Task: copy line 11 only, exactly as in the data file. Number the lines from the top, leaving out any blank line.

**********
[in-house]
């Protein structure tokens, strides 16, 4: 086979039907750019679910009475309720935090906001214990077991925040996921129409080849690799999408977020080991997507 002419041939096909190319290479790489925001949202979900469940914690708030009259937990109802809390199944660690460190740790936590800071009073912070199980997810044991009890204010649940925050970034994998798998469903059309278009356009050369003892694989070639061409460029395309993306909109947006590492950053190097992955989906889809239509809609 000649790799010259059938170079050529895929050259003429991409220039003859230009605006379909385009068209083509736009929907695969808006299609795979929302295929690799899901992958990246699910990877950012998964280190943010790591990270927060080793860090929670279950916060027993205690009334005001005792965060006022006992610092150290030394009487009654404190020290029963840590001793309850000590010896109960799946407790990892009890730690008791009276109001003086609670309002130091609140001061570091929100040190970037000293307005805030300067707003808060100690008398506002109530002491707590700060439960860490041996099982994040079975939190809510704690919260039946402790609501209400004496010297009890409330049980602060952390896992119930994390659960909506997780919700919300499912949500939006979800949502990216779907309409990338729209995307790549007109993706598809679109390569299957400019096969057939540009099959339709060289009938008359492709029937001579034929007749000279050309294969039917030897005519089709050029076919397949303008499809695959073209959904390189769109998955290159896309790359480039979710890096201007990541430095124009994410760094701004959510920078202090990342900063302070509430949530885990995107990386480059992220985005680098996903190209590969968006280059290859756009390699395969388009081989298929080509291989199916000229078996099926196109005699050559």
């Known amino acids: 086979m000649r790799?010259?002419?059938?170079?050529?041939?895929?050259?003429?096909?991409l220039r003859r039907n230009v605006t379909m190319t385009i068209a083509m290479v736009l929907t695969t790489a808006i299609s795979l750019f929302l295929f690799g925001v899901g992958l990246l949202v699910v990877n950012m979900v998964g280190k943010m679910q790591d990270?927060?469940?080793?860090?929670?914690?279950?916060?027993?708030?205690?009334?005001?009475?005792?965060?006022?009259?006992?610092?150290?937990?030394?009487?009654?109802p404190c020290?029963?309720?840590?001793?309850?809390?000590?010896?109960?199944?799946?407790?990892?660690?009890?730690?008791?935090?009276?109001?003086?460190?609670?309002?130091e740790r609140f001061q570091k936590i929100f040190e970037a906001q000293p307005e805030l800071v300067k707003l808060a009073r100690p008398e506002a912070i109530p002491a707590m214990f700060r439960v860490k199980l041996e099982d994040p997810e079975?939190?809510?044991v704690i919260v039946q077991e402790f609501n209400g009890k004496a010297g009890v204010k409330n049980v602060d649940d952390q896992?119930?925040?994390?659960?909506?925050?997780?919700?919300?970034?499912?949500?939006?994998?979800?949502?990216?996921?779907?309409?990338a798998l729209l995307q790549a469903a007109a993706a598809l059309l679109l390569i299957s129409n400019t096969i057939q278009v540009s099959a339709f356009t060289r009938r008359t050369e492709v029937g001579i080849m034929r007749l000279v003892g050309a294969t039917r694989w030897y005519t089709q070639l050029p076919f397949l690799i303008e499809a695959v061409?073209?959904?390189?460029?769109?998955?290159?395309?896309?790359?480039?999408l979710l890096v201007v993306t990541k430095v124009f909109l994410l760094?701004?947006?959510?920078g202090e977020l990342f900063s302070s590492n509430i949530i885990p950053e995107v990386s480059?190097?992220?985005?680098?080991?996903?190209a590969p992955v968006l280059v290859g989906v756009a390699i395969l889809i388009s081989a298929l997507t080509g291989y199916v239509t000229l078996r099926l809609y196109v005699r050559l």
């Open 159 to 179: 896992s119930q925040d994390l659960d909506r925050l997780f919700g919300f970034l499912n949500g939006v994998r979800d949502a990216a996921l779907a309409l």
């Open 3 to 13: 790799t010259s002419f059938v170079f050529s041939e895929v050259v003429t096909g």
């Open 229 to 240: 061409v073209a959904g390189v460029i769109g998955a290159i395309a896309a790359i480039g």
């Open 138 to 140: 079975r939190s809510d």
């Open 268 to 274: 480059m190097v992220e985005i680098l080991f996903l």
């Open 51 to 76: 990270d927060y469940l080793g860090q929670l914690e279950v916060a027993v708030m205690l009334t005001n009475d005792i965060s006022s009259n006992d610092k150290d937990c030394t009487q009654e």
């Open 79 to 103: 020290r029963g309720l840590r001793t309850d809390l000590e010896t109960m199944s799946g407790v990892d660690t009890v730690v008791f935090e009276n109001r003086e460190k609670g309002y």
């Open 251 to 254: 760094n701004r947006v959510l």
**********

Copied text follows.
């Open 251 to 254: 760094n701004r947006v959510l």